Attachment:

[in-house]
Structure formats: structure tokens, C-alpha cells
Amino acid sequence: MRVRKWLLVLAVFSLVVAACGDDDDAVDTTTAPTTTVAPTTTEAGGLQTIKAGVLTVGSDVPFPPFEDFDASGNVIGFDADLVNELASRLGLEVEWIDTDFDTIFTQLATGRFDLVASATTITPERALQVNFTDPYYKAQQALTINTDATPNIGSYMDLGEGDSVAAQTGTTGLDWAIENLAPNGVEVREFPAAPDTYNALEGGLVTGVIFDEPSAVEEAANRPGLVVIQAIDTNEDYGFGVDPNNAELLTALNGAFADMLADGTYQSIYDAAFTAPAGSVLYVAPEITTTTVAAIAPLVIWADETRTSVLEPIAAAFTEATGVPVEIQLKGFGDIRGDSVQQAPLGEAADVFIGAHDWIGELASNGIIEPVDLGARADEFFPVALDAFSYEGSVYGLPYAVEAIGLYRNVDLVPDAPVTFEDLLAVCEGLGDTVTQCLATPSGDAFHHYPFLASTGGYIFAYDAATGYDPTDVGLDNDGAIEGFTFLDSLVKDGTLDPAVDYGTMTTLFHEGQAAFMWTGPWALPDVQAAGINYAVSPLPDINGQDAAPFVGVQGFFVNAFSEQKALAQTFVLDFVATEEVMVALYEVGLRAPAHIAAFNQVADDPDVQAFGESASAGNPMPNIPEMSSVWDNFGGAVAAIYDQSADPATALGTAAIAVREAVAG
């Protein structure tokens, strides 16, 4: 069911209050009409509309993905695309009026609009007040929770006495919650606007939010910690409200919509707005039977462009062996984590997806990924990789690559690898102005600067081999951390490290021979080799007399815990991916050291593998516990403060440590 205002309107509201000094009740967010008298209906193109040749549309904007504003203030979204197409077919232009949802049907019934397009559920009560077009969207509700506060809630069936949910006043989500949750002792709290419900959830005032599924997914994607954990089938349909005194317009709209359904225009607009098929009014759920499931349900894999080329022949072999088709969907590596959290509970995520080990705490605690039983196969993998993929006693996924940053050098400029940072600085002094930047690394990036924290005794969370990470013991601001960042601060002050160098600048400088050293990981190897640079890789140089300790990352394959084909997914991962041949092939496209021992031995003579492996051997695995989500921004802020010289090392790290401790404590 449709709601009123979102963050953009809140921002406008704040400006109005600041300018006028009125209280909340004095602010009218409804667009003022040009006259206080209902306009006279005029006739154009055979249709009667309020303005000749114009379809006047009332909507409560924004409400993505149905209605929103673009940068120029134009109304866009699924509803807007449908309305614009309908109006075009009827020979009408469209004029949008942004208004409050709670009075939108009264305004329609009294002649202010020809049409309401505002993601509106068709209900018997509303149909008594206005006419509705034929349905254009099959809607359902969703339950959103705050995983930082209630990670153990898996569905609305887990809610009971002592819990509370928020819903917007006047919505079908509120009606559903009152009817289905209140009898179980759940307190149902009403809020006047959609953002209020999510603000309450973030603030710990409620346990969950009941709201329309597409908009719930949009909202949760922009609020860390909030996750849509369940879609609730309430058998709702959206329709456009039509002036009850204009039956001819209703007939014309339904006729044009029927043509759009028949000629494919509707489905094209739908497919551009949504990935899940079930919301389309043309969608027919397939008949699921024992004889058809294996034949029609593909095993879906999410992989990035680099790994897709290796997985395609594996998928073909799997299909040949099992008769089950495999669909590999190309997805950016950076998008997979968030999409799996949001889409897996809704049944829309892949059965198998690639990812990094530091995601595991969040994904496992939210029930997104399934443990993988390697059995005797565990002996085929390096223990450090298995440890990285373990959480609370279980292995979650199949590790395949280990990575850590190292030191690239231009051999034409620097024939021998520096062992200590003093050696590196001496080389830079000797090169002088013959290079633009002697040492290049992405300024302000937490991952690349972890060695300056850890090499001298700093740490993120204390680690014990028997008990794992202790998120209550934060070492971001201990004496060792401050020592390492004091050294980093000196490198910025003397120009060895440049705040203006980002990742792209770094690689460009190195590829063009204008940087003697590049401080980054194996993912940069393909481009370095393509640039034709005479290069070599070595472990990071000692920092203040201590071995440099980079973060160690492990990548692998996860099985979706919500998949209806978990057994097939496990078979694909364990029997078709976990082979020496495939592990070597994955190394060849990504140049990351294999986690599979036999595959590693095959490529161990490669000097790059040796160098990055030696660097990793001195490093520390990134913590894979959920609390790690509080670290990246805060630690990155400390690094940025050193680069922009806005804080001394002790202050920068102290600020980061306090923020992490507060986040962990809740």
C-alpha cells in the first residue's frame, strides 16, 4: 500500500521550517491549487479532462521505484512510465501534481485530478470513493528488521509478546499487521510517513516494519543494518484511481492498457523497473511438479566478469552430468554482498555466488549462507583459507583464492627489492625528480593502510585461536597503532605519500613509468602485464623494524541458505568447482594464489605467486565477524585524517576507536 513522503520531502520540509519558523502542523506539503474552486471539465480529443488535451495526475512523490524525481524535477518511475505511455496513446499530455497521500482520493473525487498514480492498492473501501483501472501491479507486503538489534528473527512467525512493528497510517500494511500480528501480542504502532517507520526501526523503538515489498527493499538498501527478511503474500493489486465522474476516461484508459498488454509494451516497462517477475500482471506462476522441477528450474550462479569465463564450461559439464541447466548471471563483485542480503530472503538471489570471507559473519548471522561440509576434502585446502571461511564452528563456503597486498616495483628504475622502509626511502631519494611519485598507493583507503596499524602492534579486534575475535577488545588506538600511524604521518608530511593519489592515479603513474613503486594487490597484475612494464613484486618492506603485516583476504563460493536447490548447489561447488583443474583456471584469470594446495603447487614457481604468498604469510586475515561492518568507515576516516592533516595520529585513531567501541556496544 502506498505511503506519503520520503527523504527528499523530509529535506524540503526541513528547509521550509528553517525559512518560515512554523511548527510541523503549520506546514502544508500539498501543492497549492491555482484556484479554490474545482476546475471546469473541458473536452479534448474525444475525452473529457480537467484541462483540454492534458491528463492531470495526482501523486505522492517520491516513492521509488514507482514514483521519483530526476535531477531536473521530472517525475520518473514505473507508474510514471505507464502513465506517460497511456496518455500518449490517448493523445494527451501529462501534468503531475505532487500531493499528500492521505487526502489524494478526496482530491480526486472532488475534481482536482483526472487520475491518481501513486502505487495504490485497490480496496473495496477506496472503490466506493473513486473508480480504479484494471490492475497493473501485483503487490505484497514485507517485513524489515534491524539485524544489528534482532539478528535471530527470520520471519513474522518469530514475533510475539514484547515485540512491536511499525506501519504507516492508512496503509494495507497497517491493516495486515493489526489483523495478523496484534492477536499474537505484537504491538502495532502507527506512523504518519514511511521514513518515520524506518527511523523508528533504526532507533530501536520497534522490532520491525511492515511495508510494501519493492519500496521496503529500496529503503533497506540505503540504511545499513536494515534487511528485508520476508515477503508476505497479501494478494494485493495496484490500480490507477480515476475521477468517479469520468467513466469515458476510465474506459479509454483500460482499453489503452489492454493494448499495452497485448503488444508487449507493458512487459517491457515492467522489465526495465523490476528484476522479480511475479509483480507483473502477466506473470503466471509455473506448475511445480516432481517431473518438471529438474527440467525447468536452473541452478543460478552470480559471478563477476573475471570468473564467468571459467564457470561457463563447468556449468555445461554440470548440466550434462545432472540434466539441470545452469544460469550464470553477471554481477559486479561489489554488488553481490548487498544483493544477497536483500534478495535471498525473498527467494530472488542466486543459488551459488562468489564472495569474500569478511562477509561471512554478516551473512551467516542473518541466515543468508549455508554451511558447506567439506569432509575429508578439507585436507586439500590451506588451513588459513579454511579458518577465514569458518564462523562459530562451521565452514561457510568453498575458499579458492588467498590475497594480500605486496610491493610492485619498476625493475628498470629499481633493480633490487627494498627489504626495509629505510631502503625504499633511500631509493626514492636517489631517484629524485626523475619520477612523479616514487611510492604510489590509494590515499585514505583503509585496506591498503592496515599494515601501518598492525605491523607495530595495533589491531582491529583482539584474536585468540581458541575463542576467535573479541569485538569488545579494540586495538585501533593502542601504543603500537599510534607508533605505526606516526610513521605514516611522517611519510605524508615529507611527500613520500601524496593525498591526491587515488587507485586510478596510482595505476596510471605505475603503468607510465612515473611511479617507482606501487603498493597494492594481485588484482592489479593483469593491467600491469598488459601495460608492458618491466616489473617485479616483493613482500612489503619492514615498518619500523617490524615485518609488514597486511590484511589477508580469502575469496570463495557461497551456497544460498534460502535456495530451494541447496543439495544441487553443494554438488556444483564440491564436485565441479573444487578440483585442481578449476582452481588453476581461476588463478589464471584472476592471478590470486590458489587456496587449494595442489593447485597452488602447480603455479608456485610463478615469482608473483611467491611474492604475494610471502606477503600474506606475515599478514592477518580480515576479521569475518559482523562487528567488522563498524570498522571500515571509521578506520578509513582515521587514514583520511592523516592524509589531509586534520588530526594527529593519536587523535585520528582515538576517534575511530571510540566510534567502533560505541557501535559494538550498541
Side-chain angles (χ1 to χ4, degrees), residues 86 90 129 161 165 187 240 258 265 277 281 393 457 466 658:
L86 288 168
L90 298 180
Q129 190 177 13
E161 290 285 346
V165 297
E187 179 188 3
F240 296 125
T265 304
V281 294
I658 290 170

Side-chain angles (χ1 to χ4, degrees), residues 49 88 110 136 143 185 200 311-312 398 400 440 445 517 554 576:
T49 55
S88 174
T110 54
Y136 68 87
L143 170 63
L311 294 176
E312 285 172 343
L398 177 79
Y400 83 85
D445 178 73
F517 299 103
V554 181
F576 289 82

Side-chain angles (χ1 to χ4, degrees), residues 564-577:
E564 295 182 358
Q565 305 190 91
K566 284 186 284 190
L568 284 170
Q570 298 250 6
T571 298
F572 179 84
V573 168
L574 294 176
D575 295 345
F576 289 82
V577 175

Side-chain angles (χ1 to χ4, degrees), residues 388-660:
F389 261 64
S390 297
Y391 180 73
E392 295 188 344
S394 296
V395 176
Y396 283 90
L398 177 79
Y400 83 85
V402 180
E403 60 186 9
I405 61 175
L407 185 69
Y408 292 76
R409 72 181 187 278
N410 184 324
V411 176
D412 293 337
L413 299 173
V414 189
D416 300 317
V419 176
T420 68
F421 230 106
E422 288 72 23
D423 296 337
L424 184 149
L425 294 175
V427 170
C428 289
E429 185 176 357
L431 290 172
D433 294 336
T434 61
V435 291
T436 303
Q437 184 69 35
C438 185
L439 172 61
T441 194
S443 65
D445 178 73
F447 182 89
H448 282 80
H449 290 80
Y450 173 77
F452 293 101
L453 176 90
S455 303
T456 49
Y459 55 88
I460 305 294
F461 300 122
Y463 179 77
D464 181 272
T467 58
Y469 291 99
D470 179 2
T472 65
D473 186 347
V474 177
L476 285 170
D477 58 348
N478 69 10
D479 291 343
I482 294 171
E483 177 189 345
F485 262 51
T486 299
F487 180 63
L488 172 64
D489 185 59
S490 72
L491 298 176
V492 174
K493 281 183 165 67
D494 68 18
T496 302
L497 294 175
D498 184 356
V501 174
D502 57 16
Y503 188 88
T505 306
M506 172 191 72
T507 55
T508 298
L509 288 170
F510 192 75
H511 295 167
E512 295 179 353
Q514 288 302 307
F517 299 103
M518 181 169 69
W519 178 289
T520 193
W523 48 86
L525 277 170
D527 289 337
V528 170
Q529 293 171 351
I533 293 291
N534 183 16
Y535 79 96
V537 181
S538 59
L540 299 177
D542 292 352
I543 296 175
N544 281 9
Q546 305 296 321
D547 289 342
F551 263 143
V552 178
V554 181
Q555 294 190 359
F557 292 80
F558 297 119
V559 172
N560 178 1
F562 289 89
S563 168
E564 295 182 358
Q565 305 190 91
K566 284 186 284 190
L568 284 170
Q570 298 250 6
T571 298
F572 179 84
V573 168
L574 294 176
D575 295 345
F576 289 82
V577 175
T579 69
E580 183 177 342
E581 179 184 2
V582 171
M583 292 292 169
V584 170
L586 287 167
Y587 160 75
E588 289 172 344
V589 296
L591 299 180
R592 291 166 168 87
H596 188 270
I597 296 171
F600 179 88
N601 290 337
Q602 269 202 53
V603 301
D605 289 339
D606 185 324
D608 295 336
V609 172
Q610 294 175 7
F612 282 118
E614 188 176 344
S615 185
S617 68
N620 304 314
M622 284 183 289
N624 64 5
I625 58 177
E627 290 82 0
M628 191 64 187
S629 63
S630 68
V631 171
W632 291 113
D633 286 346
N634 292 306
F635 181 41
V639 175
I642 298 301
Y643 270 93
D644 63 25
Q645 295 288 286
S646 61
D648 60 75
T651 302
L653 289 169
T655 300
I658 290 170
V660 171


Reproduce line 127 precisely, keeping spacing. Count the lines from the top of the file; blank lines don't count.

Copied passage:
Y503 188 88